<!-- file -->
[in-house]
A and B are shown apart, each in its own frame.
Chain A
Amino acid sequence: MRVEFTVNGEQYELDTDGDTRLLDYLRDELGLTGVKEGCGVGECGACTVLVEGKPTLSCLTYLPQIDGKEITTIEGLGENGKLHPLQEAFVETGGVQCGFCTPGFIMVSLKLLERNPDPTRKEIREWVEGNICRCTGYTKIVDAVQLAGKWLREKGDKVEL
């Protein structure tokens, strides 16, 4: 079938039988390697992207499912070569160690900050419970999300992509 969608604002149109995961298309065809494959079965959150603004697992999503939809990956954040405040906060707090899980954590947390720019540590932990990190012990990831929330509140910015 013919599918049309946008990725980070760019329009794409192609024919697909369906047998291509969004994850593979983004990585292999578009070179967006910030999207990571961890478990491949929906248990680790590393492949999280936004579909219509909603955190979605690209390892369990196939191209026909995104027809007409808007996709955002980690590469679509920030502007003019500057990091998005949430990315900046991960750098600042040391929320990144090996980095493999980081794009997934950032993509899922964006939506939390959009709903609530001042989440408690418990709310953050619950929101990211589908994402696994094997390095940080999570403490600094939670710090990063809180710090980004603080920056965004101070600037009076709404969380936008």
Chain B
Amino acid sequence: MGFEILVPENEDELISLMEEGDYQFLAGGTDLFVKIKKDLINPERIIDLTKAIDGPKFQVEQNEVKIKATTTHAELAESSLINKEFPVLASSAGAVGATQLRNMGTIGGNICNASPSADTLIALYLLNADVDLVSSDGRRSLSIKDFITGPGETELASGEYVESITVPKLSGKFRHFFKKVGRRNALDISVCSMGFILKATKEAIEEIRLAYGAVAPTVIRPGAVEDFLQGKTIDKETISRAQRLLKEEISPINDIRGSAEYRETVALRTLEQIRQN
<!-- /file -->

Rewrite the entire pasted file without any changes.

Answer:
[in-house]
A and B are shown apart, each in its own frame.
Chain A
Amino acid sequence: MRVEFTVNGEQYELDTDGDTRLLDYLRDELGLTGVKEGCGVGECGACTVLVEGKPTLSCLTYLPQIDGKEITTIEGLGENGKLHPLQEAFVETGGVQCGFCTPGFIMVSLKLLERNPDPTRKEIREWVEGNICRCTGYTKIVDAVQLAGKWLREKGDKVEL
């Protein structure tokens, strides 16, 4: 079938039988390697992207499912070569160690900050419970999300992509 969608604002149109995961298309065809494959079965959150603004697992999503939809990956954040405040906060707090899980954590947390720019540590932990990190012990990831929330509140910015 013919599918049309946008990725980070760019329009794409192609024919697909369906047998291509969004994850593979983004990585292999578009070179967006910030999207990571961890478990491949929906248990680790590393492949999280936004579909219509909603955190979605690209390892369990196939191209026909995104027809007409808007996709955002980690590469679509920030502007003019500057990091998005949430990315900046991960750098600042040391929320990144090996980095493999980081794009997934950032993509899922964006939506939390959009709903609530001042989440408690418990709310953050619950929101990211589908994402696994094997390095940080999570403490600094939670710090990063809180710090980004603080920056965004101070600037009076709404969380936008």
Chain B
Amino acid sequence: MGFEILVPENEDELISLMEEGDYQFLAGGTDLFVKIKKDLINPERIIDLTKAIDGPKFQVEQNEVKIKATTTHAELAESSLINKEFPVLASSAGAVGATQLRNMGTIGGNICNASPSADTLIALYLLNADVDLVSSDGRRSLSIKDFITGPGETELASGEYVESITVPKLSGKFRHFFKKVGRRNALDISVCSMGFILKATKEAIEEIRLAYGAVAPTVIRPGAVEDFLQGKTIDKETISRAQRLLKEEISPINDIRGSAEYRETVALRTLEQIRQN